News Release

‘Alien’ wasps thriving in tropical forests, study finds

Peer-Reviewed Publication

University of York

Dolichomitus megalourus


"One of the Darwin wasps captured in the study, Dolichomitus megalourus. Photo taken by Isamara Santos and published as Figure 2a in the study, reproduced with changes here under licence."

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Credit: "One of the Darwin wasps captured in the study, Dolichomitus megalourus. Photo taken by Isamara Santos and published as Figure 2a in the study, reproduced with changes here under licence."

Researchers say they have discovered high diversity of Darwin wasps in a tropical rainforest in Brazil, wasps which were previously thought to thrive more in cooler habitats.

The wasps, which survive by living off host insects and spiders until adult-sized, were discovered on a mountain in the Brazilian Atlantic Rainforest. The number of types found were similar to that previously found in the whole of the UK.

The latest findings adds to a growing body of evidence that debunks the widely held belief that the Darwin wasp does not thrive in tropical environments and points to the possibility of many wasp species unknown to researchers in the past.

Researchers say it also provides further evidence of the biodiversity of the Brazilian Atlantic Rainforest and the significance of protecting and restoring the land from the effects of climate change and damage caused by human activities.

The level of diversity in a group of species changes depending on where they live, and yet for invertebrates, some of the most diverse species on Earth, little is known about how much diversity can change from one location to the next.

This can hinder conservation efforts, which is increasingly needed to maintain biodiversity in some of the most threatened areas of the world, such as rainforests. 

Researchers at the University of York surveyed a group of Darwin wasps, a very diverse and important invertebrate group worldwide, on a mountain of the Brazilian Atlantic Rainforest to understand how common it was in a tropical environment and how it contributed to the biodiversity of the region.  

Dr Peter Mayhew, from the University of York’s Department of Biology, said: “For a long time it was believed that Darwin wasps favoured more moderate climates, but recent reports of their diversity in tropical locations started to prompt questions about this assumption. They can be found in varying numbers on every continent of the world, apart from Antartica, so they are a particularly fascinating creature.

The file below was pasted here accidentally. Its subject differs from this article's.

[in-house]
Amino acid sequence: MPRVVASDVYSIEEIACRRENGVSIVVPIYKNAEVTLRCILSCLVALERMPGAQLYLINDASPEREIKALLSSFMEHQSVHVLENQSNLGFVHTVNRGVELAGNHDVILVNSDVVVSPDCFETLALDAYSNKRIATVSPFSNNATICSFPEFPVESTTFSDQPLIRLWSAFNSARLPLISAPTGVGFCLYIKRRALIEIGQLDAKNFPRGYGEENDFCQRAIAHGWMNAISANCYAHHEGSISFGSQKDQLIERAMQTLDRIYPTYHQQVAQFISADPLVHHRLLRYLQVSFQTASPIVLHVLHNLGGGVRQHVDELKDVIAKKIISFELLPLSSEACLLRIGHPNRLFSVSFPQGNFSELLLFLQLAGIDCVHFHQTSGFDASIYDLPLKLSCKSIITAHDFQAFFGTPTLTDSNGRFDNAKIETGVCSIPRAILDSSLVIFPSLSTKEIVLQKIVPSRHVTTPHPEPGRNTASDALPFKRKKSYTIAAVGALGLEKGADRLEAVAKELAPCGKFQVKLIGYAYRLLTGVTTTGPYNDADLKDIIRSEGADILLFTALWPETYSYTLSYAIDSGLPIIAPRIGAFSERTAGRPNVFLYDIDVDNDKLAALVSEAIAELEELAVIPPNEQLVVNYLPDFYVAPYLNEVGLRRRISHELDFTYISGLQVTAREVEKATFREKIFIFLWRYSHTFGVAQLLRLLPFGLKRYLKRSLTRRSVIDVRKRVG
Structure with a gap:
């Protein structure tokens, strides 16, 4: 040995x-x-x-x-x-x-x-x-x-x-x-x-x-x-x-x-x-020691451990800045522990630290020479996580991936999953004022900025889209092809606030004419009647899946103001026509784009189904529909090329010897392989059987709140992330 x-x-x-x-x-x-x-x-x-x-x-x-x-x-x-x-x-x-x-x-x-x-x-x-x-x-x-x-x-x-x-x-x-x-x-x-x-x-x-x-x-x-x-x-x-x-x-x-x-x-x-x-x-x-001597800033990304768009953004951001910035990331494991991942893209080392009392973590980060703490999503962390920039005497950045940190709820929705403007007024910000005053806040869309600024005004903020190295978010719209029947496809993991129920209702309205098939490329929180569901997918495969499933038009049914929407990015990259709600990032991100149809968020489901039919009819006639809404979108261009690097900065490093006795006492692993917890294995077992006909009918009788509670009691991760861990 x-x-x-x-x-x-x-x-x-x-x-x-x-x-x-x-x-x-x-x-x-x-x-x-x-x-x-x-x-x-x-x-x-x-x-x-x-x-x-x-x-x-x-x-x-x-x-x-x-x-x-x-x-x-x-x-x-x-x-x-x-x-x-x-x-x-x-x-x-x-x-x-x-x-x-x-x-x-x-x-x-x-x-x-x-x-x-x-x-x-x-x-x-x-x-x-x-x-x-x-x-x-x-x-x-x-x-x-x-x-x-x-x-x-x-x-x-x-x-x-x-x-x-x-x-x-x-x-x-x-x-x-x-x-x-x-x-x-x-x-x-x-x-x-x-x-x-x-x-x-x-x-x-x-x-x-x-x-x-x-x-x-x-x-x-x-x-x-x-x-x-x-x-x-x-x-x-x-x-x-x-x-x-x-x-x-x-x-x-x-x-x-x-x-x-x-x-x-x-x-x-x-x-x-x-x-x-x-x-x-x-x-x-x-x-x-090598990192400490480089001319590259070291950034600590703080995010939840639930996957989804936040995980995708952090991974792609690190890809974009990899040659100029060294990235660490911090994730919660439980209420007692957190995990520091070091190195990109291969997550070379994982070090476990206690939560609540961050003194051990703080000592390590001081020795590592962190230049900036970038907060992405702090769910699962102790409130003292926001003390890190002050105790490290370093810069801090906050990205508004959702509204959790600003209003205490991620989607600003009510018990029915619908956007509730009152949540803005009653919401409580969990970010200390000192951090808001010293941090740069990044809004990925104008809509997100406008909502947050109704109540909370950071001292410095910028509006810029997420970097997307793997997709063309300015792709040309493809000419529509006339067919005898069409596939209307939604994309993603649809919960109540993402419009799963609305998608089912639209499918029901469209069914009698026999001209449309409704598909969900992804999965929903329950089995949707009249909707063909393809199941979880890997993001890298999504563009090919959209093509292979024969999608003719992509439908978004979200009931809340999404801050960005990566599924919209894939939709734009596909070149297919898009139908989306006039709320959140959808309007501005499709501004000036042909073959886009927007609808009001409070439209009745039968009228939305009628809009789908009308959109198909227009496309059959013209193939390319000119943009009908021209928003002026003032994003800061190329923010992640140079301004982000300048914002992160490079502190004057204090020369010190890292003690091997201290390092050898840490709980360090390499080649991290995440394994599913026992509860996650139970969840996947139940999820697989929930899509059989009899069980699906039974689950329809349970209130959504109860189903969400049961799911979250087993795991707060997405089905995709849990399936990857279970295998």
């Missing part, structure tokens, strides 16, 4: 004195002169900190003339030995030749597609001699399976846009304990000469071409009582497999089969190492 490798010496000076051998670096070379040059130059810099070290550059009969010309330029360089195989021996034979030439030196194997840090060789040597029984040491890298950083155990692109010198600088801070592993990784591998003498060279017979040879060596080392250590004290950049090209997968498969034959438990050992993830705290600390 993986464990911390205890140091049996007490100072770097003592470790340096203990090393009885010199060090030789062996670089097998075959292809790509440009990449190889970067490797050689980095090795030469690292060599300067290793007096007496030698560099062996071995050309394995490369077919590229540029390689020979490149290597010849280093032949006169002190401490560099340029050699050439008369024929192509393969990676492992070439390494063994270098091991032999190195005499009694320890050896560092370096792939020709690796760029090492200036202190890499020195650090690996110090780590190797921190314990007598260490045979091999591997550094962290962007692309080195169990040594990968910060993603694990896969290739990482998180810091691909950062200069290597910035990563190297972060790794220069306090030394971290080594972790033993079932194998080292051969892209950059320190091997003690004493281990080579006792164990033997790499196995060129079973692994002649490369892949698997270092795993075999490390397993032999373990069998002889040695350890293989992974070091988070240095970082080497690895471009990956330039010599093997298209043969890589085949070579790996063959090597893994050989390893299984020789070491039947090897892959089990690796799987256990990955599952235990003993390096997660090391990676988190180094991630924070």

“We found high biodiversity of the species at mid and low altitudes of the mountain but not at high altitudes, which gives us some guidance on where to concentrate conservation efforts for this population, but it was a surprise to see the level of diversity over the six months of our survey.

“Of the type of wasp we looked at, there are 1,700 described species worldwide, and about 109 in the UK.  We found, on just one mountain in the rainforest, 98 species of these wasps, three quarters of which could not be named.  As our work continues we may well be able to name some of them, but there is a strong likelihood that many will be species we have not encountered before.” 

The wasps reproduce by parasitizing other insects and spiders until they are adult sized, and as such they are most vulnerable to human threats, which will reduce the number of insects they can choose from as host bodies.  They are important to biodiversity as they kill their host insect, keeping insect populations regulated and allowing lots of different species to coexist. 

It is thought that wasps that parasitize other insects, such as the Darwin wasp, could be more diverse than beetles.  Around 80,000 parasitic wasp species have been described, but they require more study to understand how their populations survive across a wide-range of environments around the globe.

Researchers hope that these latest findings will contribute towards campaigns to reduce deforestation in the rainforest region and put in place conservation programmes that include this highly diverse group of species. 

The research, in collaboration with researchers at the Federal University of Rio de Janeiro and the National Institute of Amazonian Research in Brazil, and the University of Turku in Finland, is published in the journal Insects.

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